archiving-approachesIf your archiving solution primarily needs to address issues such as legal security and compliance, then journal archiving is the right choice. With this method, all inbound and outbound mail traffic is archived before it becomes visible in the user mailboxes. You can rest assured that your emails are stored in a form that is complete, faithful to the original, tamper-proof, and also permanently available. This is a practical means for companies to meet the relevant legal requirements that can apply depending on the country and industry sector.

Also, having a complete email archive can play an important role in facilitating the use of email as evidence in litigation.

A potential downside of journaling is that the load on the email server isn’t reduced as this method does not support the definition of rules for automatically deleting emails from user mailboxes. Any emails already archived from the journal mailbox remain in the user mailboxes.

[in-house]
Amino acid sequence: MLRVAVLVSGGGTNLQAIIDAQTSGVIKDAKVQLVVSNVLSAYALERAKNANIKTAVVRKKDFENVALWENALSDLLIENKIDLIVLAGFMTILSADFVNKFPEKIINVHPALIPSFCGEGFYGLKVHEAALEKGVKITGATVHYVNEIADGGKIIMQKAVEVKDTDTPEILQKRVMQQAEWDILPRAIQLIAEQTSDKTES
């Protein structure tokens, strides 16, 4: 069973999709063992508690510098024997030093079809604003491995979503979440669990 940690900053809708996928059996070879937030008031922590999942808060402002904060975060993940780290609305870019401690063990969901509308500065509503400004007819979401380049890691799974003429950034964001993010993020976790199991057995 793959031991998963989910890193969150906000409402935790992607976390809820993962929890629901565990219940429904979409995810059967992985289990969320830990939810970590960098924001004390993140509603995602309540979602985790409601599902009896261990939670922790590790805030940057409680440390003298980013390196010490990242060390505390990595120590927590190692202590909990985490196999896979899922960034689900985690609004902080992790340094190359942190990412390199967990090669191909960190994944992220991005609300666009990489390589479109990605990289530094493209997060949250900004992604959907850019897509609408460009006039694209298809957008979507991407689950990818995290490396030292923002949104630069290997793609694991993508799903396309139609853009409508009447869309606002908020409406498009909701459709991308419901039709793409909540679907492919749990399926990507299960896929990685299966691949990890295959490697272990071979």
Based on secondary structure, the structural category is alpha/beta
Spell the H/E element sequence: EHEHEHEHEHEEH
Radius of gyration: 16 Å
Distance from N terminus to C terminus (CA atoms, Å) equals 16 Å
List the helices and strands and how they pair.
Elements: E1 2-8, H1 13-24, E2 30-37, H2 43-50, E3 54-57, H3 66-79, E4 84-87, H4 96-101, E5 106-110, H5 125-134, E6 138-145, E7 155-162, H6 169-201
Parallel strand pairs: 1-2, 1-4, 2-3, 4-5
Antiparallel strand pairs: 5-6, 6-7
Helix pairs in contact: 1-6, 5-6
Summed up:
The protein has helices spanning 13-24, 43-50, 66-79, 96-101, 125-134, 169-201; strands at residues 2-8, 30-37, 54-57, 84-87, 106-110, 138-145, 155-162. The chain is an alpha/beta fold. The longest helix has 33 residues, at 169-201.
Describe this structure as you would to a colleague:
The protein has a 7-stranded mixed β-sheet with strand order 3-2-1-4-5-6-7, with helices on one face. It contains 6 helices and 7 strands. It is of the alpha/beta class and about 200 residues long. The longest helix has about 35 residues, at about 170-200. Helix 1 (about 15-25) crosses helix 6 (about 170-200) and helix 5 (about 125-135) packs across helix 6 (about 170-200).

Also, journaling doesn’t allow the existing folder structures in user mailboxes to be mapped to the archive. Emails can only be assigned to the users in the archive as received or sent objects, with full retention of all access privileges. A comprehensive search function can, however, remedy this situation and also become an essential technical basis for auditors in “eDiscovery” scenarios, where entire corporate archiving systems need to be searched.

Important: Private Emails